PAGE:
Comets Take Two From Orabs

Boyden-Hull School LogoHull Iowa — The Boyden Hull Comets basketball teams swept Sheldon as the second half of the season got underway. Boyden Hull defended the home floor with a 52-25 win in the girls game and a 72-56 final in the boys contest.

In the girls game the score was tied at 4-4 at the end of the first quarter. Boyden Hull found their offense in the second quarter and took a 21-12 halftime lead as Abbie Kleinwolterink hit  a three as time expired. The Comets rode that momentum to a 38-18 third quarter lead and eventually a 52-25 win.

Kaylee Anderson hit for a game high 14 points followed by Baily Ten Haken with 13 and Abbie Kleinwolterink with 11. Sheldon was led by Kayla Van Meeteren with 7 points.

With the win Boyden Hull improves to 3-6 both on the year and in the conference. Sheldon is 2-9 for the season and 1-8 in the Siouxland.


In the boys game the Comets led at all the breaks. they were up 28-18 at the end of the first quarter. A Sheldon surge in the second quarter got them to within 35-32 at halftime. Led by a 10 point third quarter from Dalton Moser Boyden Hull was in front 54-43 at the end of the third and went on to win it 72-56.

The Comets put four of their five starters in double figures getting a game high 26 from Kyle Bakker, 17 from Dalton Moser, 11 from Chandler Brunsting and 10 from Shane Solberg. Sheldon was led by Jayden Kleinhesselink with 14 points and Kyle Boerhave with 11.

Boyden Hull has not lost since their season opener and improve to 7-1 on the year and in the conference. Sheldon is even at 4-4 in the conference and 4-6 for the season.

Up next for the Orabs will be a trip to Sibley on Friday to go against the Generals of Sibley Ocheyedan. Boyden Hull will be at Rock Valley come Friday night.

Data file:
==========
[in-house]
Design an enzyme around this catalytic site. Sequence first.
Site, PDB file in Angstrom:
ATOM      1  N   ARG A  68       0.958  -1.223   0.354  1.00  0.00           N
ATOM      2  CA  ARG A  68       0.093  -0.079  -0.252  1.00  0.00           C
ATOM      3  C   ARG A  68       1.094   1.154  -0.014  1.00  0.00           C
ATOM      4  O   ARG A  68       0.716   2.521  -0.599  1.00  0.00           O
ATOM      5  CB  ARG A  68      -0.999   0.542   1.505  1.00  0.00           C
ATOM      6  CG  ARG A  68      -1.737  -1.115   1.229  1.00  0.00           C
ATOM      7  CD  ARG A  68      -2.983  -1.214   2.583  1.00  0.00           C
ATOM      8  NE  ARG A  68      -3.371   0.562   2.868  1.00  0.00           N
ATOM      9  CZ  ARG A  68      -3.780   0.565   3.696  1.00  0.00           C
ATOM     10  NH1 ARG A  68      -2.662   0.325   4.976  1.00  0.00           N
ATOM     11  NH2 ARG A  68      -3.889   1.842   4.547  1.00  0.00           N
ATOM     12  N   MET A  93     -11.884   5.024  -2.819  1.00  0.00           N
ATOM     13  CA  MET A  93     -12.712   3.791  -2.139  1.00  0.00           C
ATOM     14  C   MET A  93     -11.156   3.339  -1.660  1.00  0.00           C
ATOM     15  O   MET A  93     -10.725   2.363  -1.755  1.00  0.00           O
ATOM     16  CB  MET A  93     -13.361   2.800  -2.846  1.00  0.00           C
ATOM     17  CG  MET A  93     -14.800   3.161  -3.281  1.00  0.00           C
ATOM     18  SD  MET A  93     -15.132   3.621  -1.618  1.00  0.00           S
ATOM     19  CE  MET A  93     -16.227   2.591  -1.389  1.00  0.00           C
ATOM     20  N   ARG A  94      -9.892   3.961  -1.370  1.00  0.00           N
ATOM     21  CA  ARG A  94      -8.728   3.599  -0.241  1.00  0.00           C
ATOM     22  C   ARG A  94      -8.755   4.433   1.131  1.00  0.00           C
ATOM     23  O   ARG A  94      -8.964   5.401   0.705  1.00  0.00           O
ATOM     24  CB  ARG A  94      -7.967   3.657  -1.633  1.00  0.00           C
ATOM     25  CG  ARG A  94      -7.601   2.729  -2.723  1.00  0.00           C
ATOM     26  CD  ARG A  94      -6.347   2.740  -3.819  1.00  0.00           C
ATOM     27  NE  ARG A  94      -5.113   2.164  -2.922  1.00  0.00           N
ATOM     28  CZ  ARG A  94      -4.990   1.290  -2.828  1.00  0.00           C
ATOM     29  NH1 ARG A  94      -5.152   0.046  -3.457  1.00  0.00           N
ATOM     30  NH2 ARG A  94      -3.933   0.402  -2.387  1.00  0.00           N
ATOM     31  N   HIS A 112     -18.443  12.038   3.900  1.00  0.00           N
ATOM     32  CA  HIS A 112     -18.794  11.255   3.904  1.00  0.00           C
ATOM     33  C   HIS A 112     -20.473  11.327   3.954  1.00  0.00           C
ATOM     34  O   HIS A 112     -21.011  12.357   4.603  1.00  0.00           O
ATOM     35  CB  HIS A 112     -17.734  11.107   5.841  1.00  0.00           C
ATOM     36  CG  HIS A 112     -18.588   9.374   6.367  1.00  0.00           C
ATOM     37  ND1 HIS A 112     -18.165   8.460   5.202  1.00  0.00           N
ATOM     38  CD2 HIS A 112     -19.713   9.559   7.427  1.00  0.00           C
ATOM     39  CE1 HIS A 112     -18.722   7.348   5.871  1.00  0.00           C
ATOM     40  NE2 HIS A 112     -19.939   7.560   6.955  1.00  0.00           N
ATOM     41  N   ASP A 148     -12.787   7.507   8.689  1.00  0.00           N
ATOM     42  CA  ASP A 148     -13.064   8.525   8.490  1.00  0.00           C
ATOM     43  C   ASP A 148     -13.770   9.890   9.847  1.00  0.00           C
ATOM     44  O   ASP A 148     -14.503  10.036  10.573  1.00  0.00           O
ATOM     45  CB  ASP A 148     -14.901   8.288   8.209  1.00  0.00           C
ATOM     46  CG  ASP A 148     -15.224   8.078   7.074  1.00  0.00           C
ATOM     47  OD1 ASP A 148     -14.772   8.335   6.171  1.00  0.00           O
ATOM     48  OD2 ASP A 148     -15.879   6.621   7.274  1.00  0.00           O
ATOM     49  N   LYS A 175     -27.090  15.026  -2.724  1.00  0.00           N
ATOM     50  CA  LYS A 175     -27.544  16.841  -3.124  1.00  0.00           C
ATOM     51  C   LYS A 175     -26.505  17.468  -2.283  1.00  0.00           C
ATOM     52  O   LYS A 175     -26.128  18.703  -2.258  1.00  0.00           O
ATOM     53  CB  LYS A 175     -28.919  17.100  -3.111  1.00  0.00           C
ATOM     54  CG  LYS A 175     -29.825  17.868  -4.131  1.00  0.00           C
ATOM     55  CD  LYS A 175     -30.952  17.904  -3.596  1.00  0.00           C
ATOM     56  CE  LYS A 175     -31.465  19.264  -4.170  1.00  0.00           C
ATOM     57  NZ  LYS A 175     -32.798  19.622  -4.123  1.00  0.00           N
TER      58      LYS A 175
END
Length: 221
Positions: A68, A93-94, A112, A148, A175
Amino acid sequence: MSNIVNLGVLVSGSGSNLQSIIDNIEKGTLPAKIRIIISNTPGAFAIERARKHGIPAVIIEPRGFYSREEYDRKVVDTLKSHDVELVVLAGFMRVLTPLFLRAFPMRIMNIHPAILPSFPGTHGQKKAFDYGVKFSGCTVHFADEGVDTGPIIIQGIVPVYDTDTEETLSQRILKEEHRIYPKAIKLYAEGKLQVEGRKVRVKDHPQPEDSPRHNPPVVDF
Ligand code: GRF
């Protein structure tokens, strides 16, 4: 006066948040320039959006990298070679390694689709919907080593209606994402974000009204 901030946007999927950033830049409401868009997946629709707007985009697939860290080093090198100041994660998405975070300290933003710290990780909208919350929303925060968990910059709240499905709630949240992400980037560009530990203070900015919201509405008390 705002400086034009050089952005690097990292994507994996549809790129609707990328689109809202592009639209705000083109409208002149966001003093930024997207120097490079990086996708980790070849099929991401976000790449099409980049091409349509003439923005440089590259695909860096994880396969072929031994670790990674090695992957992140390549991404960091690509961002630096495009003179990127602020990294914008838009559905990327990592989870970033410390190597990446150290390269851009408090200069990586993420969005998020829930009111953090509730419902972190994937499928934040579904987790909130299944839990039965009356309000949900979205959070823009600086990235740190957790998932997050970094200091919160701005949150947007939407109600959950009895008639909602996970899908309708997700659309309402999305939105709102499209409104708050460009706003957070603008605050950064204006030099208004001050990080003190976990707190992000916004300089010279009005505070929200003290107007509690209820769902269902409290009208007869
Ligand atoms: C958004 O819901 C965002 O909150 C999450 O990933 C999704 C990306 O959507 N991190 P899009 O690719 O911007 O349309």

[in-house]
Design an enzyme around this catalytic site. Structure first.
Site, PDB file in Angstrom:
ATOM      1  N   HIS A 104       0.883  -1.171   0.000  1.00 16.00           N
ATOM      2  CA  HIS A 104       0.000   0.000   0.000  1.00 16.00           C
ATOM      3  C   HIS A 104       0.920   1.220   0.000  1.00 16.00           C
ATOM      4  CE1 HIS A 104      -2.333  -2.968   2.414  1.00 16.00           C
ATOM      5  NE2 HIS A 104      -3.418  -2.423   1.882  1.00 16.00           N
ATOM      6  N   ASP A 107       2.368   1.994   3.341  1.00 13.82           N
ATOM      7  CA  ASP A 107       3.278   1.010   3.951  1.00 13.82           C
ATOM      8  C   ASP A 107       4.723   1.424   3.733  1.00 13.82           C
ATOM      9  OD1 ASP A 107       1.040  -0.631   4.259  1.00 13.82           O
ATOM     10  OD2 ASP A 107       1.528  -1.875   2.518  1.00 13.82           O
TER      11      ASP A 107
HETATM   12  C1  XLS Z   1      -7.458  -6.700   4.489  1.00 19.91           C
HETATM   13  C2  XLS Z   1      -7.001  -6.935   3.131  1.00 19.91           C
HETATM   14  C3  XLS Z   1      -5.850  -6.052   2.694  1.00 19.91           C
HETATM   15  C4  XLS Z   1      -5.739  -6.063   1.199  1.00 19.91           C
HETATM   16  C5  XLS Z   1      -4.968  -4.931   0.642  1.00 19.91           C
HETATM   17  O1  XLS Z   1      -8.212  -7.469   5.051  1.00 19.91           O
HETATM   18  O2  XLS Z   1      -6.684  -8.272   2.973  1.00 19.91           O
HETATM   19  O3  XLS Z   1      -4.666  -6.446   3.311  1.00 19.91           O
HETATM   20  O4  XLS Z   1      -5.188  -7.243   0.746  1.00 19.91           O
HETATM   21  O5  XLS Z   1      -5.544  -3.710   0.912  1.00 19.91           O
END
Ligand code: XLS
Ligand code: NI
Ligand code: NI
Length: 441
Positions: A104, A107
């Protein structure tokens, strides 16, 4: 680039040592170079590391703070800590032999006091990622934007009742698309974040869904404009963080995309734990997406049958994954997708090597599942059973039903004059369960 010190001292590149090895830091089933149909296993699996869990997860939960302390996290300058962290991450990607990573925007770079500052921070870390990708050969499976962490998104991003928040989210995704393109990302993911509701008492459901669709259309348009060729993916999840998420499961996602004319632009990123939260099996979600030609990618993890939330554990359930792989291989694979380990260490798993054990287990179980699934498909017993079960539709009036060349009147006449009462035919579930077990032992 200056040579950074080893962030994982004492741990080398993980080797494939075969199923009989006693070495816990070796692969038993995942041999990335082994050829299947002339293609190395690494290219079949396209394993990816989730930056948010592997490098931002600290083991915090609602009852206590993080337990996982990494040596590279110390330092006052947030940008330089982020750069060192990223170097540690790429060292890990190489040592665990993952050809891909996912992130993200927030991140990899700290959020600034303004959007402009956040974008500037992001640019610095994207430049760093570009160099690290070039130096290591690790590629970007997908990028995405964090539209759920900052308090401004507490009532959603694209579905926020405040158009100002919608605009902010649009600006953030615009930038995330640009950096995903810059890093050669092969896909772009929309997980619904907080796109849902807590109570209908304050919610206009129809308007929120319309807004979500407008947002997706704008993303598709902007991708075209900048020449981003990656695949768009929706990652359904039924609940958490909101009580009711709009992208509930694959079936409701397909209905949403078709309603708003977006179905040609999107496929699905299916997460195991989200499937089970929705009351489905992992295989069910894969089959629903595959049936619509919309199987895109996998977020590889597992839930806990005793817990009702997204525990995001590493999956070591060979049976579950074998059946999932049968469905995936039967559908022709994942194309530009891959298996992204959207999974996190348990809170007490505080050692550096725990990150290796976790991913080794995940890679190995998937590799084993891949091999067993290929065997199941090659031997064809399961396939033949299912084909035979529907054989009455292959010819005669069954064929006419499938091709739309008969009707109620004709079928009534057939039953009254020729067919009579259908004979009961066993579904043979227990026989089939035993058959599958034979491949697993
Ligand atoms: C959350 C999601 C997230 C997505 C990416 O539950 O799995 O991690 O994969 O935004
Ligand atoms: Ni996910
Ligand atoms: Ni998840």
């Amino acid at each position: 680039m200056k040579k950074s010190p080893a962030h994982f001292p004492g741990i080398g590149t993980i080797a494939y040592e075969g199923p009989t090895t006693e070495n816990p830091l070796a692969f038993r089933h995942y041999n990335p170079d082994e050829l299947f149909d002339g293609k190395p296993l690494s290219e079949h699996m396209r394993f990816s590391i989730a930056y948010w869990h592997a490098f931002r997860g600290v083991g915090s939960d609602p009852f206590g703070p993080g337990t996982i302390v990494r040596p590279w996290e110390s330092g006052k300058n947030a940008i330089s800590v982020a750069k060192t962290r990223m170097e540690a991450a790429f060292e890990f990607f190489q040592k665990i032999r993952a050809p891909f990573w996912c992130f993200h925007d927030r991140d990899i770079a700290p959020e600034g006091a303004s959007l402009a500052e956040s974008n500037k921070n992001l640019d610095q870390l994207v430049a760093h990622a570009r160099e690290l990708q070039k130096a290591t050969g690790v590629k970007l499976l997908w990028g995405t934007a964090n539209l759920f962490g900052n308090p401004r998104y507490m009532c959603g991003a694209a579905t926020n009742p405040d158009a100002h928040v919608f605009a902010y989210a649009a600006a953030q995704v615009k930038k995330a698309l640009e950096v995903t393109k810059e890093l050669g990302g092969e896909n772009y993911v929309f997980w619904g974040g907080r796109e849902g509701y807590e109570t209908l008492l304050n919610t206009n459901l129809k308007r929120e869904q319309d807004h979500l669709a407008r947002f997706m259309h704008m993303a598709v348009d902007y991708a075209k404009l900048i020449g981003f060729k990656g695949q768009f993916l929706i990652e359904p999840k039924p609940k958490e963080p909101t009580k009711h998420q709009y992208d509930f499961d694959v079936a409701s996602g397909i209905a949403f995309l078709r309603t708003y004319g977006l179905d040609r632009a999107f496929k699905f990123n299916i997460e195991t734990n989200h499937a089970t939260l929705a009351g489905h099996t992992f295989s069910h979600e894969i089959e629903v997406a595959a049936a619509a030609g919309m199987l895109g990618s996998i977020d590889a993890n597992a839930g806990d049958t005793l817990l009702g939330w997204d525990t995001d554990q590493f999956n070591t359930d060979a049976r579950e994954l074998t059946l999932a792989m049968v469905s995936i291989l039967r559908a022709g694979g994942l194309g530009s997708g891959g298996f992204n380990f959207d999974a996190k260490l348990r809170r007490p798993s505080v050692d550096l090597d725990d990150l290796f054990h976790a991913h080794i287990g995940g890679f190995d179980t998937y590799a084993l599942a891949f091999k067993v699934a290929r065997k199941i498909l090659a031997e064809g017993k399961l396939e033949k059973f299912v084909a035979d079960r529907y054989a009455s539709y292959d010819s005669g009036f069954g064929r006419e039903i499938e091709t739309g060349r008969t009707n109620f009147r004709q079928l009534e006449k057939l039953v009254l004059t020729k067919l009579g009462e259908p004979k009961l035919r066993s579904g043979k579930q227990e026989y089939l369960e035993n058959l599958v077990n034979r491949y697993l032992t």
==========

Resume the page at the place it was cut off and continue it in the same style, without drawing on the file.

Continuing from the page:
Mingo Named Offensive Coordinator

Dordt fb helmetSioux Center, Iowa — Dordt College Athletic Director Glenn Bouma has announced Aaron Mingo will assume the role of offensive coordinator with the Defender football program.

Mingo served as assistant head coach, offensive coordinator and recruiting coordinator at Bluefield College (Virginia) from 2013‑15. He helped the offense at the NAIA school improve from 14.6 points per game to 30.5 points per contest and Bluefield’s yards per game increased from 219 to 414 in those three seasons. The 2014 team ranked 5th in the country in rushing yards and 20th in total yards of offense per game. He coached eight all‑conference selections in three seasons.

“The hiring of Aaron Mingo is a great momentum builder for the Dordt football program. It’s not every day that you get to hire someone that you previously recruited, coached, and traded ideas with professionally,” said Dordt College head football coach Joel Penner. “His previous offensive production in his career is matched by his commitment to invest in others and make everyone around him better. Fans should look forward to an exciting brand of offensive football and I look forward to seeing his influence on our players and our campus.”